For those of you who don’t know who Christian Prommer is, you will be familiar with his work. Twenty years in the music business, he’s the guy who took Derrick May’s techno hit Strings Of Life and morphed it into a jazz instrumental. This artiste is an unusual one, flitting between physical instrument and electronic, jazz and dance music so effortlessly it’s hard to categorize him – and no one should. Munich-based Prommer has worked with some of Germany’s finest exports in electronica, Kruder and Dorfmeister, techno fiend DJ Hell and of course DJ Roland. One third of Trüby Trio, Prommer remixed for music’s leftfield heavyweights Nitin Sawhney and Tiefschwarz along with Latin music’s boss nova star, Bebel Gilberto.

From Jazz, to African beats, a Latin flavour and orchestral symphony mixed with electronica Übermood has it all. Playing almost everything himself, Prommer used some of the finest names in the music world to add that final touch to his tracks. The first track intro Shanghai Nights is a wind instrument cocktail of saxes and layers of flutes mimicking four/four dance beats building to a crazy crescendo, meanwhile Can It Be Done is a complete contrast of slow-slow paced tech-synth with the dry vocals of Andiano Prestel. Arturo is a mad flurry of piano concerto having dinner with Brian BT Transeau and Jean Michel Jarre back in ’94 if such a thing is possible, beautiful production, exquisite.

Zao Bretu a little darker and a sort and sweet mid-tro track with a baroque sensibility and Future Light enters a more up-tempo dance mood which showcases Prommer’s early influences and style in this refined vocal track sung by Simon Jinadu. Beautiful another mid-tro track is what it says, the vocals by Lew Stoi blow you away with airy keyboards and just as you want more you’re left – hanging.  Brought back to earth with a bump is the track Hanging On The DJ Booth, a disco-house/orchestral/dance mash that’s really catchy, this I can hear doing real well on the dance floors with a killer remix.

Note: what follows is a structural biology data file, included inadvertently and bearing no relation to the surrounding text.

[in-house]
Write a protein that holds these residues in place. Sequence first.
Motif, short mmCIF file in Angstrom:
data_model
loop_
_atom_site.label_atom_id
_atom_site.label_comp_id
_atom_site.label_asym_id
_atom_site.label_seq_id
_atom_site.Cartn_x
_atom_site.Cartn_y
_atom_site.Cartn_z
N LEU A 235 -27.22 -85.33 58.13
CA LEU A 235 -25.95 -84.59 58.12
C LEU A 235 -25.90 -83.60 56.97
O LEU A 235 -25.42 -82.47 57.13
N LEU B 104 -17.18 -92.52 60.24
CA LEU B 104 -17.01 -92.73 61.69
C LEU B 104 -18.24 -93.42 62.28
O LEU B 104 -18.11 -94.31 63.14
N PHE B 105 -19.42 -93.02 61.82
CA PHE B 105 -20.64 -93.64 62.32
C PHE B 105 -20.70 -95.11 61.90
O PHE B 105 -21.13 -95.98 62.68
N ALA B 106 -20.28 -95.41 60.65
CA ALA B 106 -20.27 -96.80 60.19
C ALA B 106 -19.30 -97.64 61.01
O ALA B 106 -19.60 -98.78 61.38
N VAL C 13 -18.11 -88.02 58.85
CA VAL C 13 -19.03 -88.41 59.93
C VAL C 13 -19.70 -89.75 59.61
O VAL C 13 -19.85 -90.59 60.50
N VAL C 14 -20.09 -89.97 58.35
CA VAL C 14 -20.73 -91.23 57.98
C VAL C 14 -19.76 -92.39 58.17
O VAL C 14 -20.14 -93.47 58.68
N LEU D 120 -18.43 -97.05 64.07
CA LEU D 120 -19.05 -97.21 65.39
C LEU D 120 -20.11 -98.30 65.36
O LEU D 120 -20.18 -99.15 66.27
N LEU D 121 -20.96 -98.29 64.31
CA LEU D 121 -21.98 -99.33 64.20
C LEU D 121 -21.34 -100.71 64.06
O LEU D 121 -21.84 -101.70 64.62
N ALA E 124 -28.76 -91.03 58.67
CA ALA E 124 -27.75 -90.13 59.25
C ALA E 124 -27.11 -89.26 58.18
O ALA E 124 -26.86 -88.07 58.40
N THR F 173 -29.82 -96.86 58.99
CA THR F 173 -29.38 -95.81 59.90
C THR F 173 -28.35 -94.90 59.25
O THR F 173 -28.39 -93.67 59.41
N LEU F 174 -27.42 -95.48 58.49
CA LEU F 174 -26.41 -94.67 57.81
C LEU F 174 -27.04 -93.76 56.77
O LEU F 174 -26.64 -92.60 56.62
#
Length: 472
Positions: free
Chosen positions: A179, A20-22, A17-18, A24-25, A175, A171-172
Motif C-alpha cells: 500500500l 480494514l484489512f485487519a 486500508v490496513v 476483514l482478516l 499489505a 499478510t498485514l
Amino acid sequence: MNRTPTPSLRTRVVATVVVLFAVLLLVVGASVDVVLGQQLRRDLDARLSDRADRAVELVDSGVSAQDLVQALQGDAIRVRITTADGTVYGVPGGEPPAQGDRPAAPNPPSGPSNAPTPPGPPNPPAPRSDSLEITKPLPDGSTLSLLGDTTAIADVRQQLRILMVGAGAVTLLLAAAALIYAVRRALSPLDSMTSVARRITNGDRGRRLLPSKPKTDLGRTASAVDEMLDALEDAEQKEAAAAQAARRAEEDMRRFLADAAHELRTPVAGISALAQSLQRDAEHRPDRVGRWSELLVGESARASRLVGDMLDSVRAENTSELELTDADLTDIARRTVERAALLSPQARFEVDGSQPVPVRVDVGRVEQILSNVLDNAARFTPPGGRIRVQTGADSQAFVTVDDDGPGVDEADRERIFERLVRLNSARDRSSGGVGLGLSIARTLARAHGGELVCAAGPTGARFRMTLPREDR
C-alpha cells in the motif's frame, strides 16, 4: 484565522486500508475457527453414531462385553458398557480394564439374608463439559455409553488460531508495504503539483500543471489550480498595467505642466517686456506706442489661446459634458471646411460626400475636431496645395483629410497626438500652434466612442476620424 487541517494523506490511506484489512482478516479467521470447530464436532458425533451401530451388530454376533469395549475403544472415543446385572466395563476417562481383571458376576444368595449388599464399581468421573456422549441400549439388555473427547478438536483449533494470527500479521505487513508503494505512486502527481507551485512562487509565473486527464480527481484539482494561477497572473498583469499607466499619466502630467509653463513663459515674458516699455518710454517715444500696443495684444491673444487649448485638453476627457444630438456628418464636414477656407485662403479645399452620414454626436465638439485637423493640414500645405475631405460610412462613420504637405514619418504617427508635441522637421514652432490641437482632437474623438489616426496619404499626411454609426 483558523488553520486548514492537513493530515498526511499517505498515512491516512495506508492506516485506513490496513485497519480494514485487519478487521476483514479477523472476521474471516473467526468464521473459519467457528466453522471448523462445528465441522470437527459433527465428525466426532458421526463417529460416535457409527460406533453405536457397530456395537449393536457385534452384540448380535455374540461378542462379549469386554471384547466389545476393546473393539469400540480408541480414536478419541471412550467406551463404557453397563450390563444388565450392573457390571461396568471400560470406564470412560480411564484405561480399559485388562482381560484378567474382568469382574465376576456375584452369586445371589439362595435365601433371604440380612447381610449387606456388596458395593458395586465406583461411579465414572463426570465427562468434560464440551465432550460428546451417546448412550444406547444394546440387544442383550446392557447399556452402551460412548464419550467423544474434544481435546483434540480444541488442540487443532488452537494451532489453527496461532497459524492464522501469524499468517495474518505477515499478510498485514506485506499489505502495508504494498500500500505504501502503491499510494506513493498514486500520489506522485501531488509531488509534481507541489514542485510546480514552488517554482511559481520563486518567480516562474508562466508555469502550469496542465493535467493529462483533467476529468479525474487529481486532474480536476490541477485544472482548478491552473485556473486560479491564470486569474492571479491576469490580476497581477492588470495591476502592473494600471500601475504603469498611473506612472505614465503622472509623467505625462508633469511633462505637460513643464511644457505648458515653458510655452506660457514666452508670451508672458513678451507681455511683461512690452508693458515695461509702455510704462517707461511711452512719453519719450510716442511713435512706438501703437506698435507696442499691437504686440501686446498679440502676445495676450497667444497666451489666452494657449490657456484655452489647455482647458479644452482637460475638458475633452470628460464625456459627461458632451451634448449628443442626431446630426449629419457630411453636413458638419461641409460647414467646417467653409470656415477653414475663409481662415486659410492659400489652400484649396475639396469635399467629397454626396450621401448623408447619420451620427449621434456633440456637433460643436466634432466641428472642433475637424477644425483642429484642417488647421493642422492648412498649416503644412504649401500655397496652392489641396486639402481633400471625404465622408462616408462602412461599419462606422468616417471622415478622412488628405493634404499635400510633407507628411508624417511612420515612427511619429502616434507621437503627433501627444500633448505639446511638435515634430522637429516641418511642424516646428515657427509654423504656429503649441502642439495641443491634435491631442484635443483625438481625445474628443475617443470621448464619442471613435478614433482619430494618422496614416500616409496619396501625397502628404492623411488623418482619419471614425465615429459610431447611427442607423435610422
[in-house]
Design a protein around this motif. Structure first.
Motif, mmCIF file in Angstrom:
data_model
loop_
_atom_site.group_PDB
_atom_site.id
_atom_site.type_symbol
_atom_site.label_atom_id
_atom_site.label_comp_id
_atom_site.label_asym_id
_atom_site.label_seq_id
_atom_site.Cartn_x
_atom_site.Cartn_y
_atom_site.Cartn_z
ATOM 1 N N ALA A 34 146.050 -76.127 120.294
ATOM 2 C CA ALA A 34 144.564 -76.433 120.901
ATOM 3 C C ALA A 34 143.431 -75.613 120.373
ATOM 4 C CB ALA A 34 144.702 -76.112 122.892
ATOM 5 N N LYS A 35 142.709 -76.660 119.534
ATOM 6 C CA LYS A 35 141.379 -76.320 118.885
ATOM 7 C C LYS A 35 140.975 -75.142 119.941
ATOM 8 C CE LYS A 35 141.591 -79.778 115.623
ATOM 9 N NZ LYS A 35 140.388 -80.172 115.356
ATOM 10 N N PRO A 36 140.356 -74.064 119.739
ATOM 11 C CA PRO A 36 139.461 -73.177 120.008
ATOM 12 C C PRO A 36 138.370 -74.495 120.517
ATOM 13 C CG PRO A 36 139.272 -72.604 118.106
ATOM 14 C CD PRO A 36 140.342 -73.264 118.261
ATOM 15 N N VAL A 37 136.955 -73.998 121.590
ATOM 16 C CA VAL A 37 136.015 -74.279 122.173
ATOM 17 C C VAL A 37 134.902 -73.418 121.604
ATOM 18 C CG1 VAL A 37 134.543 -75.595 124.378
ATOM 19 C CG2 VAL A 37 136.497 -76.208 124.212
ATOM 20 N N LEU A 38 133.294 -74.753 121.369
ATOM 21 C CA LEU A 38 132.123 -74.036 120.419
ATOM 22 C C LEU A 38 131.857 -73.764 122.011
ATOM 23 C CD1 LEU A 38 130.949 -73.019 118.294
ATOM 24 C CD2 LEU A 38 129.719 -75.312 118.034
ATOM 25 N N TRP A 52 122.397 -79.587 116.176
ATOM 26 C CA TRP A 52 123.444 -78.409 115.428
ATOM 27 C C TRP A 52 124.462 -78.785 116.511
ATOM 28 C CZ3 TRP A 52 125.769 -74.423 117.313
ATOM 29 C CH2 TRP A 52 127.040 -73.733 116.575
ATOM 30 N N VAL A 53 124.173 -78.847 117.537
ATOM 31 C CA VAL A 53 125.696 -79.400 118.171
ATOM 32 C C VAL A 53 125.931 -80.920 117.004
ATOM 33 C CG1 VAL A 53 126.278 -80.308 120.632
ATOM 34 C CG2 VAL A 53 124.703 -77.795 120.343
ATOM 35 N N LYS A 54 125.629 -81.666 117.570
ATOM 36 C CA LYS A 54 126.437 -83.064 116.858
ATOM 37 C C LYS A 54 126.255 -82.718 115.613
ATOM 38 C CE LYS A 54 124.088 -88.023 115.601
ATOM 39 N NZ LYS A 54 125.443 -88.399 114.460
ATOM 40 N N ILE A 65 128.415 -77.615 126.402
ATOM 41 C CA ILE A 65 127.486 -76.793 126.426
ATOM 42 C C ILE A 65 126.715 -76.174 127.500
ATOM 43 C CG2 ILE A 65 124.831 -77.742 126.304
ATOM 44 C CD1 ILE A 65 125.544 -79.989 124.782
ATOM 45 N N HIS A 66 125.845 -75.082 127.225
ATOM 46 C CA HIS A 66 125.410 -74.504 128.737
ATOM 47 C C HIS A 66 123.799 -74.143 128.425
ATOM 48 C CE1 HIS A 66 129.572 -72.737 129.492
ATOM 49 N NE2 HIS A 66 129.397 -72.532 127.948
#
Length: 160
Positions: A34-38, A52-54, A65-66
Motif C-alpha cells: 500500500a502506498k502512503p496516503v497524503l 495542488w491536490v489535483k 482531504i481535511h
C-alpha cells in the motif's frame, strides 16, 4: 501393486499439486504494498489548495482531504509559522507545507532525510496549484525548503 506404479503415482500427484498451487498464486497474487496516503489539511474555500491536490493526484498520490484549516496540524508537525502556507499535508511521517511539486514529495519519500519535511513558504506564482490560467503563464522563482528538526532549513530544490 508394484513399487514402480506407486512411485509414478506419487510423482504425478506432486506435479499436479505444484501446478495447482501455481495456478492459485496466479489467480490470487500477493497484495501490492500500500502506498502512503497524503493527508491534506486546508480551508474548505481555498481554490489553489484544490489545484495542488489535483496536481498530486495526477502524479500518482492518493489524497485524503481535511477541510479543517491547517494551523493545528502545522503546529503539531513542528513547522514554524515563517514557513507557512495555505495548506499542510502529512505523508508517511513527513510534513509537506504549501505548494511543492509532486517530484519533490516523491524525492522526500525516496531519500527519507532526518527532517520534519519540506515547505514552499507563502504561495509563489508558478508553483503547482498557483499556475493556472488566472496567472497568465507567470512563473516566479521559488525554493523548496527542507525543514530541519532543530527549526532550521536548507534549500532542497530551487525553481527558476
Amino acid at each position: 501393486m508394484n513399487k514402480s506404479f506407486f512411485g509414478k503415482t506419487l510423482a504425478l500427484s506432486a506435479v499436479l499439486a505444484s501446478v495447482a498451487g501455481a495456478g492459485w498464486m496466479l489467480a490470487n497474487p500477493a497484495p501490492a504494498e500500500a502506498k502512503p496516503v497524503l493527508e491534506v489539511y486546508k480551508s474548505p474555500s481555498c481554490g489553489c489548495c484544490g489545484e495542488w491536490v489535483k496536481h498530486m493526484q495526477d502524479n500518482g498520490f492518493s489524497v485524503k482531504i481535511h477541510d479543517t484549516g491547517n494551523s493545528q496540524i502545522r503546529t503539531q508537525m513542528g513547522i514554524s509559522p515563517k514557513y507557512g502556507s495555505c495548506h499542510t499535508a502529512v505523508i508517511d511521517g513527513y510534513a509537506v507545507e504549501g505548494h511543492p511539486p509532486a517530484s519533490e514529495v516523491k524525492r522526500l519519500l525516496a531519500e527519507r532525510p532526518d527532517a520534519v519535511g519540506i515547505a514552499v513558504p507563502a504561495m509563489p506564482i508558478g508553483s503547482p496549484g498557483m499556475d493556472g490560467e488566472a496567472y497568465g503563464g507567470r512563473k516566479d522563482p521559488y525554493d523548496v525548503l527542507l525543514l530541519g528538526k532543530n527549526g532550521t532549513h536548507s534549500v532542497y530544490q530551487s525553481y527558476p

Wonders Of The World is more of a melancholic indie track with vocals by Tommy Hien followed by the re-triggered and brief layers of mid-tro Unusual Habits and taster for the track Waltz. Again flutes and saxes rule this track with heavy techno anecdotes and I guess you could say this is how techno translates into physical organic instruments, a strange sort of irony. On the track Marimba you get something totally different and unexpected. Completely composed on an electronic midi mallet, is not only show of real technically ability but a real musician. Tob, Der Bär described as ‘Jazz rave’ has all the elements of both genres working together well, but is an acquired taste for me.

Easy listening synthetic Jazz is the order of the day or night on Synth Jazz the paired back less is more ethos on this track and the tempered beats makes this very likeable. Soulful trippy vocals by Kim Sanders on Where You Gonna Go, is another winner of a track with a classic sound with a hint of tech, very smooth indeed. Beanfield changes the pace on Duckwalk in deeper territory and then on Where Is The Sun, a track a trip-hop dark undertones. In all a cool little album to have especial to chill out to, my favourite tracks are six (Beautiful) and seven (Hanging On The DJ Booth) sure to be played out in the clubs and go far with the perfect remix.

Review by Sandra Swaybe-Barrett

On general release now.